The moody photography is by Darius Khondji; the nauseatingly vivid special effects are by makeup artist Rob Bottin, best known for more fantasy-oriented work in films like The Howling (1981).
Director David Fincher's dark, stylish thriller ranks as one of the decade's most influential box-office successes.
First, an obese man is forced to eat until his stomach ruptures to represent gluttony, then a wealthy defense lawyer is made to cut off a pound of his own flesh as penance for greed.
Somerset initially refuses to take the case, realizing that there will be five more murders, ghastly sermons about lust, sloth, pride, wrath, and envy presented by a madman to a sinful world. Somerset is correct, and something within him cannot let the case go, forcing the weary detective to team with Mills and see the case to its almost unspeakably horrible conclusion.
Two New York City detectives (Pitt, Freeman) find themselves on the trail of a vicious serial killer that chooses his victims according to the seven deadly sins.
An intensely claustrophobic, gut-wrenching thriller about two policemen's desperate efforts to stop an ingenious serial killer whose work is inspired by the seven deadly sins, this weirdly off-kilter suspenser goes well beyond the usual police procedural or killer-on-a-rampage yarn due to a fine script, striking craftsmanship and a masterful performance by Morgan Freeman.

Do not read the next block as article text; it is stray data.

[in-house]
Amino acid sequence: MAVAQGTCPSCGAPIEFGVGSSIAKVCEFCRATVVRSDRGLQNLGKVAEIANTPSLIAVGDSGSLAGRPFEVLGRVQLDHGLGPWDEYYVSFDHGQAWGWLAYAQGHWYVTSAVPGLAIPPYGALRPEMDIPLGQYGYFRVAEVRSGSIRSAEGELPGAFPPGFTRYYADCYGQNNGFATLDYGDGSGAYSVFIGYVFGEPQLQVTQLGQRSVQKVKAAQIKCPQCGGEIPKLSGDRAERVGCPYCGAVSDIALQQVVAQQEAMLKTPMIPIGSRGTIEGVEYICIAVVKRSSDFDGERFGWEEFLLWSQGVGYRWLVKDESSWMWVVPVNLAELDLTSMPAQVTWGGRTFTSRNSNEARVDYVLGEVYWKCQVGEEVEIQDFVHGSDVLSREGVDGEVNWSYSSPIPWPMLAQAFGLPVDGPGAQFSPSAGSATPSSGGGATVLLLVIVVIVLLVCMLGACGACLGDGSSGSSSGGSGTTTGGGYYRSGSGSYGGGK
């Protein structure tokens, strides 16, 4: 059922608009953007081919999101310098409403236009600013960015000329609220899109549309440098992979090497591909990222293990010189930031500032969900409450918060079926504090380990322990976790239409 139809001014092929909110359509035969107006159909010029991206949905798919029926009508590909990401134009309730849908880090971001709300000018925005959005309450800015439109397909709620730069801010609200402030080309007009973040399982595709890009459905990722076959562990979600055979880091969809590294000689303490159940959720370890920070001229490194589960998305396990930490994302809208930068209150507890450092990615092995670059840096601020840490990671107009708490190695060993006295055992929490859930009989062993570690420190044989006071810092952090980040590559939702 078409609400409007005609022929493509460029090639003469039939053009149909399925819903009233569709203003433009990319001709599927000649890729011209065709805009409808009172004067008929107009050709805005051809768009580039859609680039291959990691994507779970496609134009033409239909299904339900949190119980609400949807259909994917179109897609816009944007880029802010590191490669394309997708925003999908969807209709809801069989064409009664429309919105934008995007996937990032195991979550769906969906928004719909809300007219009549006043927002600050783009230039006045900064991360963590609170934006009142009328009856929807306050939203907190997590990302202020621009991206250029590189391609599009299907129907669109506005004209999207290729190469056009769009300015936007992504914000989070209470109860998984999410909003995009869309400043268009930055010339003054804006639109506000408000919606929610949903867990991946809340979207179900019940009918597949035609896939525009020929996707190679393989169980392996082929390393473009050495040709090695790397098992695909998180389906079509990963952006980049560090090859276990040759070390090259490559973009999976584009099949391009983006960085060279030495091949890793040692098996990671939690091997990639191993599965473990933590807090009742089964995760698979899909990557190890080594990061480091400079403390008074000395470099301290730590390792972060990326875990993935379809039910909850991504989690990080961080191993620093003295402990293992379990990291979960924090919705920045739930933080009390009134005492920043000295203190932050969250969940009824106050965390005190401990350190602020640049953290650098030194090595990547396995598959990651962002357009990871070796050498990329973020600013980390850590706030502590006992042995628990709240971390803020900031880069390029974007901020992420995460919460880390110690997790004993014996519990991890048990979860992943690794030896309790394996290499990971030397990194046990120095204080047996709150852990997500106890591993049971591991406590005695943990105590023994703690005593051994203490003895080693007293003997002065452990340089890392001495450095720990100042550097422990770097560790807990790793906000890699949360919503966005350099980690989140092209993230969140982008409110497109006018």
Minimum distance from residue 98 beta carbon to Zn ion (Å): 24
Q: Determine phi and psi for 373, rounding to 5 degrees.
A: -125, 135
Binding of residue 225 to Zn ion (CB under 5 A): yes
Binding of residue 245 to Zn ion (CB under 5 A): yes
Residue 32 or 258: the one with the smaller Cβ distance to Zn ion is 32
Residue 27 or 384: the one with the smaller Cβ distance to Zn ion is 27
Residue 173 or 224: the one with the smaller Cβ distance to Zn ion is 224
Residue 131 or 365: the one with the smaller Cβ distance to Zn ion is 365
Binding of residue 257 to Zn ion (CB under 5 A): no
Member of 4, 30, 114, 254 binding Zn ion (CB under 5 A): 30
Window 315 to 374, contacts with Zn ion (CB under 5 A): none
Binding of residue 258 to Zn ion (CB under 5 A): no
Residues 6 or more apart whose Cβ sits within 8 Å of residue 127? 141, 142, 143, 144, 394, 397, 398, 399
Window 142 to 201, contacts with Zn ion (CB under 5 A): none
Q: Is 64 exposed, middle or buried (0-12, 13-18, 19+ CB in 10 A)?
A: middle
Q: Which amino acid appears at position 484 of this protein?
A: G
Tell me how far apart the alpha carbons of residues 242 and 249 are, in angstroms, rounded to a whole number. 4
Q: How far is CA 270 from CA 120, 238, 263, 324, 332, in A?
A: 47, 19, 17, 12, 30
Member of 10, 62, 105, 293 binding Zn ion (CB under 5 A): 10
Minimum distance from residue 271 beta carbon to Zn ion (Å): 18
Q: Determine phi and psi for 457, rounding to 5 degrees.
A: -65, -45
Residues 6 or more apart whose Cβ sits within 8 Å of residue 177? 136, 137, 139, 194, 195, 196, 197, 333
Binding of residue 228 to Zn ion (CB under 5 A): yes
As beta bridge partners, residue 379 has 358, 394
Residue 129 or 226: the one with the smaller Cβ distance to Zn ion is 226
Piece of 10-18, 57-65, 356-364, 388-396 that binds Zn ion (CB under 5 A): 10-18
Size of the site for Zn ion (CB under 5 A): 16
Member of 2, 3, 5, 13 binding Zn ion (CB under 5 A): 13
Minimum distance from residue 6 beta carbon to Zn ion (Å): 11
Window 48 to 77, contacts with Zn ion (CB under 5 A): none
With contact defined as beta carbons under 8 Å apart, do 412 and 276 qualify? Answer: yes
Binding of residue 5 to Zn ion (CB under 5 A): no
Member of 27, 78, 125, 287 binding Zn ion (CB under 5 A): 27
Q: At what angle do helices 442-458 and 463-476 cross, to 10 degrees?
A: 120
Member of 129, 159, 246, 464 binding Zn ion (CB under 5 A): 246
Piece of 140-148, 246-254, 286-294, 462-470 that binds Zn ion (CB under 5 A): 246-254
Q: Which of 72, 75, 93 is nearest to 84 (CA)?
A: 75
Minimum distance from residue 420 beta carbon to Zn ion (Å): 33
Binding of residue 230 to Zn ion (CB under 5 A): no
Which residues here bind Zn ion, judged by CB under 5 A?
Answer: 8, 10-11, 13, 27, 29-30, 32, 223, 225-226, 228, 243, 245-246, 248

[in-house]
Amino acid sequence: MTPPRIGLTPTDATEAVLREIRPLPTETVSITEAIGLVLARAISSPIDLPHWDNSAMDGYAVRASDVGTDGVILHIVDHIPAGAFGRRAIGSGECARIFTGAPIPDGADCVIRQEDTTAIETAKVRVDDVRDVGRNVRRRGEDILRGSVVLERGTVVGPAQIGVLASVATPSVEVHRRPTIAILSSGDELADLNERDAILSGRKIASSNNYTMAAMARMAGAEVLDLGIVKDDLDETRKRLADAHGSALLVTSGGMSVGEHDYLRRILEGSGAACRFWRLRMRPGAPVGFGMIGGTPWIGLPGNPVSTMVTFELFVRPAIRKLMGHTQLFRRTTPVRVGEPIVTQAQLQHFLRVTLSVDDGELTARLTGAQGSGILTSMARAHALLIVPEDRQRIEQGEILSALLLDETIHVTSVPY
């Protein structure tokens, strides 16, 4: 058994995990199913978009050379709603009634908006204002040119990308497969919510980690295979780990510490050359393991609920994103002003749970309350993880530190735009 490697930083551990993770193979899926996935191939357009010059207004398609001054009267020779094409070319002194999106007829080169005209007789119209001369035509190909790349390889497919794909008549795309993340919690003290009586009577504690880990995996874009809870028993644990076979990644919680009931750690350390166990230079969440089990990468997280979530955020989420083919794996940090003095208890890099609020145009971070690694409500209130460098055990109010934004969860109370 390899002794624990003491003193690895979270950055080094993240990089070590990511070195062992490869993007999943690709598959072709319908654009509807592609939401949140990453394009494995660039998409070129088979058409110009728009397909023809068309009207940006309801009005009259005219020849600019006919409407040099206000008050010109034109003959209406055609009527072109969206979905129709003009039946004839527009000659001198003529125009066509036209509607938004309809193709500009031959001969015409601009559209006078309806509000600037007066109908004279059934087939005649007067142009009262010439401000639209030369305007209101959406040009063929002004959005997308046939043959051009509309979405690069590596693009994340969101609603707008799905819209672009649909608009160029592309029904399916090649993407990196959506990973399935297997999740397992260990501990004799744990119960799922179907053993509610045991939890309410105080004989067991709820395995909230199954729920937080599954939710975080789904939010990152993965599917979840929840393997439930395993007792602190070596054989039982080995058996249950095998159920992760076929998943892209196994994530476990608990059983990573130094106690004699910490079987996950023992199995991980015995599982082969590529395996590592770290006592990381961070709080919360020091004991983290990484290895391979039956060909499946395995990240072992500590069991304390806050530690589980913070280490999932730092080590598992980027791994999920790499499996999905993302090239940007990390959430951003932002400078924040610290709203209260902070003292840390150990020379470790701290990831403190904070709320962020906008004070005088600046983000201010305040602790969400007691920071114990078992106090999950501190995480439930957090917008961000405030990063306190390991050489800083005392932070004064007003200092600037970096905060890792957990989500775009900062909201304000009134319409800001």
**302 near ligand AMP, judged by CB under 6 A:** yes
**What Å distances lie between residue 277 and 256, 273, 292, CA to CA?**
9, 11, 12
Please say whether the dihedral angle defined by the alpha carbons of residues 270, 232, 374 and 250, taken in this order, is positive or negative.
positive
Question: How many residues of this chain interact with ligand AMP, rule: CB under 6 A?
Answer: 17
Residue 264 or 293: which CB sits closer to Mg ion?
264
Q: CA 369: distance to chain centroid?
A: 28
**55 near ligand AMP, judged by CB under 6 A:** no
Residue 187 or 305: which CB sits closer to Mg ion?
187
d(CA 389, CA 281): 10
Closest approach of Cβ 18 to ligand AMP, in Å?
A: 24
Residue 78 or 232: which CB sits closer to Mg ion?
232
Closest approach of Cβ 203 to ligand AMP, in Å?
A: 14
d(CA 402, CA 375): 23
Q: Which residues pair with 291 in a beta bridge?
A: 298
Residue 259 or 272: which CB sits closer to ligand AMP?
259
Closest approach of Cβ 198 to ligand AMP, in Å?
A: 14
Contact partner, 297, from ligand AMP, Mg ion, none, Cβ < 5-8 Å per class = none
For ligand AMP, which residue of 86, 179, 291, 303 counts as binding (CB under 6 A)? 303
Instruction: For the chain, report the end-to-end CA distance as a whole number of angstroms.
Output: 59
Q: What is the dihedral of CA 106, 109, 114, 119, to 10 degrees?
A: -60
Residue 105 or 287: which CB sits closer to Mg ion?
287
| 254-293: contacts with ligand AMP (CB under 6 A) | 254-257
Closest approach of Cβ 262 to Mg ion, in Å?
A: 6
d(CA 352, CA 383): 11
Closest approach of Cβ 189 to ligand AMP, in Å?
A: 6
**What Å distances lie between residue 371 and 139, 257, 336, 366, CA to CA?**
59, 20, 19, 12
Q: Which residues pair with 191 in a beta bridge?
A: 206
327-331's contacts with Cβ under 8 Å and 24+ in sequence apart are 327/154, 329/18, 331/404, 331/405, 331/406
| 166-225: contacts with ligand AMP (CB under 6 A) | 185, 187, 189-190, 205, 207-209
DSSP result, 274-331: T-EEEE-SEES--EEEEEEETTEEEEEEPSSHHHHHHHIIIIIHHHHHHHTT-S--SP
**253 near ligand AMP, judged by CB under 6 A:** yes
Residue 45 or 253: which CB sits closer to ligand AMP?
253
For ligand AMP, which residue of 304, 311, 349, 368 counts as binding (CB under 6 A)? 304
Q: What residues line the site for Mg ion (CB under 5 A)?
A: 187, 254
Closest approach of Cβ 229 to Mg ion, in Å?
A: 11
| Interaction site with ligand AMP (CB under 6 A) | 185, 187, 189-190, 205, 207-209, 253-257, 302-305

David Fincher's second feature, after Alien³, cuts against most expectations for this sort of genre piece: it's not a buddy picture; the murders themselves are not actually depicted; and the usual gritty big-city realism has been replaced by a highly stylized, borderline-arty visual conception that greatly cranks up the psychological and physical intensity of the drama, by first-time screenwriter Andrew Kevin Walker.
Set in a hellish vision of a New York-like city, where it is always raining and the air crackles with impending death, the film concerns Det. William Somerset (Morgan Freeman), a homicide specialist just one week from a well-deserved retirement. Every minute of his 32 years on the job is evident in Somerset's worn, exhausted face, and his soul aches with the pain that can only come from having seen and felt far too much.
Freeman's is a supremely nuanced, moving performance as the seasoned, bruised and solitary Somerset. This is screen acting at its best. Pitt turns in a determined, energetic, creditable job as the eager young detective. Gwyneth Paltrow gives as much human dimension as possible to her few scenes as Pitt's sensitive, uncertain wife.